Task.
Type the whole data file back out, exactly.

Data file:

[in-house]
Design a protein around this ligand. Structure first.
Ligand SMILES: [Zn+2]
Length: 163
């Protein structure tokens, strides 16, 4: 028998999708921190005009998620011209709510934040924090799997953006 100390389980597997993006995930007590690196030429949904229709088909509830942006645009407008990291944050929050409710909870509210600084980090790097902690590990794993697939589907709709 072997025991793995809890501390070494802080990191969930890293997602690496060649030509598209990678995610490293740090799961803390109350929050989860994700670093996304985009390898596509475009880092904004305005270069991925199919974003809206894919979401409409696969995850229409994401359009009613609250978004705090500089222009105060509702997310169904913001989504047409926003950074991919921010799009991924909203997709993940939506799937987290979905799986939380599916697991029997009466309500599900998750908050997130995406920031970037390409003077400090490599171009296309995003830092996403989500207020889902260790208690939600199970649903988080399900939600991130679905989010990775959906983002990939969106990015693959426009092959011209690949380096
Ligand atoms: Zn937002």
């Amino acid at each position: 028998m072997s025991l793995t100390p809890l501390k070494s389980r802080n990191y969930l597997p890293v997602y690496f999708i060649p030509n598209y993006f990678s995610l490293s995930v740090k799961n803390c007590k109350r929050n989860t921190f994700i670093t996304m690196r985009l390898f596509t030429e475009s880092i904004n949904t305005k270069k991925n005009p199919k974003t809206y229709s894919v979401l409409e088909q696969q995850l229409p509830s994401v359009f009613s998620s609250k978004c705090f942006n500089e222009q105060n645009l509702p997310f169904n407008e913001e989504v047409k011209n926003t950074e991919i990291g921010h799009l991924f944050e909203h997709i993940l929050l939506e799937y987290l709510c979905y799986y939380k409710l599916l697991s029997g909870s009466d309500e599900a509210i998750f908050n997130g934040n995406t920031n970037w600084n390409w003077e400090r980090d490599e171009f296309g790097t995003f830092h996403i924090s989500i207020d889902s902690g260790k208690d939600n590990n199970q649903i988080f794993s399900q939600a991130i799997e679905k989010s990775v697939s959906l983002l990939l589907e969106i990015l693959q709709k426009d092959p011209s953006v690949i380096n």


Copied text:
[in-house]
Design a protein around this ligand. Structure first.
Ligand SMILES: [Zn+2]
Length: 163
């Protein structure tokens, strides 16, 4: 028998999708921190005009998620011209709510934040924090799997953006 100390389980597997993006995930007590690196030429949904229709088909509830942006645009407008990291944050929050409710909870509210600084980090790097902690590990794993697939589907709709 072997025991793995809890501390070494802080990191969930890293997602690496060649030509598209990678995610490293740090799961803390109350929050989860994700670093996304985009390898596509475009880092904004305005270069991925199919974003809206894919979401409409696969995850229409994401359009009613609250978004705090500089222009105060509702997310169904913001989504047409926003950074991919921010799009991924909203997709993940939506799937987290979905799986939380599916697991029997009466309500599900998750908050997130995406920031970037390409003077400090490599171009296309995003830092996403989500207020889902260790208690939600199970649903988080399900939600991130679905989010990775959906983002990939969106990015693959426009092959011209690949380096
Ligand atoms: Zn937002």
């Amino acid at each position: 028998m072997s025991l793995t100390p809890l501390k070494s389980r802080n990191y969930l597997p890293v997602y690496f999708i060649p030509n598209y993006f990678s995610l490293s995930v740090k799961n803390c007590k109350r929050n989860t921190f994700i670093t996304m690196r985009l390898f596509t030429e475009s880092i904004n949904t305005k270069k991925n005009p199919k974003t809206y229709s894919v979401l409409e088909q696969q995850l229409p509830s994401v359009f009613s998620s609250k978004c705090f942006n500089e222009q105060n645009l509702p997310f169904n407008e913001e989504v047409k011209n926003t950074e991919i990291g921010h799009l991924f944050e909203h997709i993940l929050l939506e799937y987290l709510c979905y799986y939380k409710l599916l697991s029997g909870s009466d309500e599900a509210i998750f908050n997130g934040n995406t920031n970037w600084n390409w003077e400090r980090d490599e171009f296309g790097t995003f830092h996403i924090s989500i207020d889902s902690g260790k208690d939600n590990n199970q649903i988080f794993s399900q939600a991130i799997e679905k989010s990775v697939s959906l983002l990939l589907e969106i990015l693959q709709k426009d092959p011209s953006v690949i380096n």